Should Your Arizona Business Buy or Lease Commercial Real Estate?

March 18, 2022

Leasing commercial real estate for your business may seem like throwing money away, but buying property also carries some risk. Before deciding whether to lease or buy, it’s wise for business owners to weigh the risks against the rewards to determine the best way forward for them.

Pros and cons: Buying vs. leasing

Real estate ownership brings greater commitment — and risk. Along with the tax benefits of ownership, though, you may gain predictability, and the property usually gains in value. The 25-year average return for privately held commercial real estate is 9.4% annually, according to the National Council of Real Estate Investment Fiduciaries (NCREIF). 

Of course, commercial property ownership isn’t for every kind of business. Typically, you can get into a lease with a lower upfront cost, and lease payments generally reduce a company’s taxable income. Leasing doesn’t tie up capital that could otherwise fund growth. But a lease can mean rising costs. For example, national industrial property rents rose by 4.4% annually in recent years.  And with the greater Phoenix market among the nation’s 10 strongest commercial real estate markets in recent years, there’s competition to lease the best properties. These trends are unlikely to change in the rising rate environment projected for the near future.

Before you buy: What to consider

One benefit of working with an expert relationship banker who understands your ambitions is that they can help you assess leasing vs. buying for your business. You might consider these four points before making a decision:

1. Know if ownership makes sense for your business. Owning real estate makes sense for some companies and not for others. If you run a nonprofit organization, you may prefer to invest in your mission, not commercial real estate — or having predictable costs and tax advantages might make a purchase worthwhile. If you’re a service professional, buying a property that you can sell at the end of your career could be valuable. In all situations, your financing options make a difference, too. Your choices may include commercial real estate loans and SBA 504 loans, which offer up to $5 million at attractive rates to invest in major fixed assets that promote new jobs and business growth.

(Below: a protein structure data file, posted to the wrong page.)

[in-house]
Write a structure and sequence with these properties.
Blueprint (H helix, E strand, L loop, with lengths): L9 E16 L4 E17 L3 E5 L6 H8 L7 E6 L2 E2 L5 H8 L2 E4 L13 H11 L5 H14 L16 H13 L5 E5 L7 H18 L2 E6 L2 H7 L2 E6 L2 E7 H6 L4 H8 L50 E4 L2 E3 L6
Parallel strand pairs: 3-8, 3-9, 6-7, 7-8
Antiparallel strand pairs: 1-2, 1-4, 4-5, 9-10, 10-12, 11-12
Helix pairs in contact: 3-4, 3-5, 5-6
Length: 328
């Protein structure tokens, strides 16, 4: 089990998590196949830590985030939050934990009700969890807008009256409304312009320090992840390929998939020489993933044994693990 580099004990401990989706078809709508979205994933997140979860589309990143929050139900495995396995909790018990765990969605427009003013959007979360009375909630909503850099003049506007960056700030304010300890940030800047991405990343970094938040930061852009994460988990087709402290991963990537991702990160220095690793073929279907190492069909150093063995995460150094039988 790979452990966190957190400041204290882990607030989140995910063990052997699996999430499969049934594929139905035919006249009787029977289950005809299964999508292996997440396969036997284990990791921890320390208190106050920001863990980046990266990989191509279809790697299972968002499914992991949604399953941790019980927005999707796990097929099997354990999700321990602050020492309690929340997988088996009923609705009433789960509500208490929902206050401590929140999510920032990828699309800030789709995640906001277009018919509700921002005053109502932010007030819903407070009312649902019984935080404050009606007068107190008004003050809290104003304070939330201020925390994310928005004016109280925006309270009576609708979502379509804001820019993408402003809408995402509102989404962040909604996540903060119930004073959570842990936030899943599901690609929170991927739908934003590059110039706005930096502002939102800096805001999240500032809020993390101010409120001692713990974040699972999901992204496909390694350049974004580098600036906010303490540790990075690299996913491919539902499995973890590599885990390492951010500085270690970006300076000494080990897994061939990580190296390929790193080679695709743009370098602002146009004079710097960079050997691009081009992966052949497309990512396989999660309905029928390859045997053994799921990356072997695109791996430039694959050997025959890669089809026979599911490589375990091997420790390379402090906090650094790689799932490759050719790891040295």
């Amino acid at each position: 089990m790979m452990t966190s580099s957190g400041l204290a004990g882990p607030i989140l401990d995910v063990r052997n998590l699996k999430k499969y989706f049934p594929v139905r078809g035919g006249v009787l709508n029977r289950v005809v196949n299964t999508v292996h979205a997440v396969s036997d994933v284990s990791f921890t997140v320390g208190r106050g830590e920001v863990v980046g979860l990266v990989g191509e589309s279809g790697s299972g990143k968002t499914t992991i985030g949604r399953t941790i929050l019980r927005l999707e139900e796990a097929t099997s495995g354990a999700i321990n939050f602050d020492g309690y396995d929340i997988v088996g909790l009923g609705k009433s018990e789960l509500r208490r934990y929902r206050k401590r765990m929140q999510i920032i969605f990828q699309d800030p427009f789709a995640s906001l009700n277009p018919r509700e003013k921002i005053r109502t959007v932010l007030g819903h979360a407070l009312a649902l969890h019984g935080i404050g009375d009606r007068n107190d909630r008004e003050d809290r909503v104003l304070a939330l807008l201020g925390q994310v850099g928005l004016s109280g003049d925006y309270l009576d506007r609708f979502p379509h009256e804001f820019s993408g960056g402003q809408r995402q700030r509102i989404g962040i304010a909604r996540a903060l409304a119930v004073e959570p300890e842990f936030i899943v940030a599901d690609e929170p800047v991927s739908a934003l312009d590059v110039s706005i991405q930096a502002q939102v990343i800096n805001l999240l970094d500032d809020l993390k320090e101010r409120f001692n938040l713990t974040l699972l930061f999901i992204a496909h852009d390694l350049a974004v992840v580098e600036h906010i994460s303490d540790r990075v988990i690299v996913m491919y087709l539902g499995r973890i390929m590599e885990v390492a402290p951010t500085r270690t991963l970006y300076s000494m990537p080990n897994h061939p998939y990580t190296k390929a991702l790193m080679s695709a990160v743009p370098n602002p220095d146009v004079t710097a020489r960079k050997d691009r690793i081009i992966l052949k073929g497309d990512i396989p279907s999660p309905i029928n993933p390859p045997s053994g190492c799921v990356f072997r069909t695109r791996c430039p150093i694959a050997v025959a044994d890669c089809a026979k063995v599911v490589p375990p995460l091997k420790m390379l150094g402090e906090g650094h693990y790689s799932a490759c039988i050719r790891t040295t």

2. Evaluate your risks. The real estate cliché of “location, location, location” still holds true. Does the site make sense for your clientele and industry? Will it be suitable as you look into the future? Office space may be plentiful now, but a CBRE survey revealed that 2 out of 3 large companies and almost 1 in 6 small and medium companies anticipate decreasing their office space in the future.  Will the building offer good reuse value if and when you retire, go out of business or sell? Speaking of the future, how confident are you that your business can cover payments for years to come while also funding other business needs? 

3. Take a clear look at lease-back plans. Some business property owners plan to purchase property and lease it back to their business. The result is a depreciable asset and the ability to pay yourself instead of a landlord. This approach to purchasing commercial real estate can be a means to accumulate wealth, but only if it’s affordable for you. It makes sense to consult your banker and accountant to assess this option before you decide.

4. Carefully evaluate becoming a landlord. Another plan for some would-be commercial property owners is to rent a portion of the property out to cover some of their payment. In effect, though, you’d be buying a building that’s too large for your business. Be sure to ask yourself what you will do if you can’t find a tenant or the tenant defaults. Also, consider how much time and attention you want to commit to being a landlord.

Your expert banker is a trusted business advisor, just like your accountant or attorney, who can help you think through your options and opportunities. To learn more about how we can help you make smart decisions about buying or leasing business property, contact your Alliance Bank of Arizona relationship manager.